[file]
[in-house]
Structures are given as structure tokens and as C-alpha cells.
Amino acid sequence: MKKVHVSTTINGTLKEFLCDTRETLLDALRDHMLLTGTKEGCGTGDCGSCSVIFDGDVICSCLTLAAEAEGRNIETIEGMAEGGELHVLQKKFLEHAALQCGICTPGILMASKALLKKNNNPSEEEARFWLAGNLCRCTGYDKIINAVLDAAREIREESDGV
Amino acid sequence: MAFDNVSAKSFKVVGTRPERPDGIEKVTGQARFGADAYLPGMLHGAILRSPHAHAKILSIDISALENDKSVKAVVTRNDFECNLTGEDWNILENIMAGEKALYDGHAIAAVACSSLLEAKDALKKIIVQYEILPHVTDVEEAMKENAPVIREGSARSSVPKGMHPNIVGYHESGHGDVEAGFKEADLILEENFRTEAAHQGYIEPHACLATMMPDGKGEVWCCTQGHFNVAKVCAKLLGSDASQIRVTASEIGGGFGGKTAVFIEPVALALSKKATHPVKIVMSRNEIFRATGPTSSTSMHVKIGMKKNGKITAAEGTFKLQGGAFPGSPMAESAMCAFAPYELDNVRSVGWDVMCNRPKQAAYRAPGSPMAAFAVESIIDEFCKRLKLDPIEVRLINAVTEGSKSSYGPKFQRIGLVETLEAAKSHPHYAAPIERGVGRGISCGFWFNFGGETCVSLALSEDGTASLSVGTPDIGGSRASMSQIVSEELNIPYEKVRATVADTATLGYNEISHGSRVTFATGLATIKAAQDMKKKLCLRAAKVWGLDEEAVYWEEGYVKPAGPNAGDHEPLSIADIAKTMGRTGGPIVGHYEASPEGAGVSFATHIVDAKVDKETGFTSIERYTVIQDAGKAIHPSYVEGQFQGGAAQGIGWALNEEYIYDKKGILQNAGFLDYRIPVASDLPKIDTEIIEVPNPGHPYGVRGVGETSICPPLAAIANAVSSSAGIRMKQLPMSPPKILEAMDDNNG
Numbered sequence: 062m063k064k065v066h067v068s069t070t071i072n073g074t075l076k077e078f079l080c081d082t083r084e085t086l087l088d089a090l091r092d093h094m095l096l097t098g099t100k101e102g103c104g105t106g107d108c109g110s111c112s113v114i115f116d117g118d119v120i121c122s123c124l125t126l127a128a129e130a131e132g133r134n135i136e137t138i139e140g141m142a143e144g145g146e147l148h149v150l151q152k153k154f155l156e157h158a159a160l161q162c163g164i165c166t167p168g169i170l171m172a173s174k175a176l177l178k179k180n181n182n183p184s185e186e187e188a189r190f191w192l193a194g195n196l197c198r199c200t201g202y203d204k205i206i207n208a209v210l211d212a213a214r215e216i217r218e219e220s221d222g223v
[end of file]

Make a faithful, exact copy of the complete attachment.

[in-house]
Structures are given as structure tokens and as C-alpha cells.
Amino acid sequence: MKKVHVSTTINGTLKEFLCDTRETLLDALRDHMLLTGTKEGCGTGDCGSCSVIFDGDVICSCLTLAAEAEGRNIETIEGMAEGGELHVLQKKFLEHAALQCGICTPGILMASKALLKKNNNPSEEEARFWLAGNLCRCTGYDKIINAVLDAAREIREESDGV
Amino acid sequence: MAFDNVSAKSFKVVGTRPERPDGIEKVTGQARFGADAYLPGMLHGAILRSPHAHAKILSIDISALENDKSVKAVVTRNDFECNLTGEDWNILENIMAGEKALYDGHAIAAVACSSLLEAKDALKKIIVQYEILPHVTDVEEAMKENAPVIREGSARSSVPKGMHPNIVGYHESGHGDVEAGFKEADLILEENFRTEAAHQGYIEPHACLATMMPDGKGEVWCCTQGHFNVAKVCAKLLGSDASQIRVTASEIGGGFGGKTAVFIEPVALALSKKATHPVKIVMSRNEIFRATGPTSSTSMHVKIGMKKNGKITAAEGTFKLQGGAFPGSPMAESAMCAFAPYELDNVRSVGWDVMCNRPKQAAYRAPGSPMAAFAVESIIDEFCKRLKLDPIEVRLINAVTEGSKSSYGPKFQRIGLVETLEAAKSHPHYAAPIERGVGRGISCGFWFNFGGETCVSLALSEDGTASLSVGTPDIGGSRASMSQIVSEELNIPYEKVRATVADTATLGYNEISHGSRVTFATGLATIKAAQDMKKKLCLRAAKVWGLDEEAVYWEEGYVKPAGPNAGDHEPLSIADIAKTMGRTGGPIVGHYEASPEGAGVSFATHIVDAKVDKETGFTSIERYTVIQDAGKAIHPSYVEGQFQGGAAQGIGWALNEEYIYDKKGILQNAGFLDYRIPVASDLPKIDTEIIEVPNPGHPYGVRGVGETSICPPLAAIANAVSSSAGIRMKQLPMSPPKILEAMDDNNG
Numbered sequence: 062m063k064k065v066h067v068s069t070t071i072n073g074t075l076k077e078f079l080c081d082t083r084e085t086l087l088d089a090l091r092d093h094m095l096l097t098g099t100k101e102g103c104g105t106g107d108c109g110s111c112s113v114i115f116d117g118d119v120i121c122s123c124l125t126l127a128a129e130a131e132g133r134n135i136e137t138i139e140g141m142a143e144g145g146e147l148h149v150l151q152k153k154f155l156e157h158a159a160l161q162c163g164i165c166t167p168g169i170l171m172a173s174k175a176l177l178k179k180n181n182n183p184s185e186e187e188a189r190f191w192l193a194g195n196l197c198r199c200t201g202y203d204k205i206i207n208a209v210l211d212a213a214r215e216i217r218e219e220s221d222g223v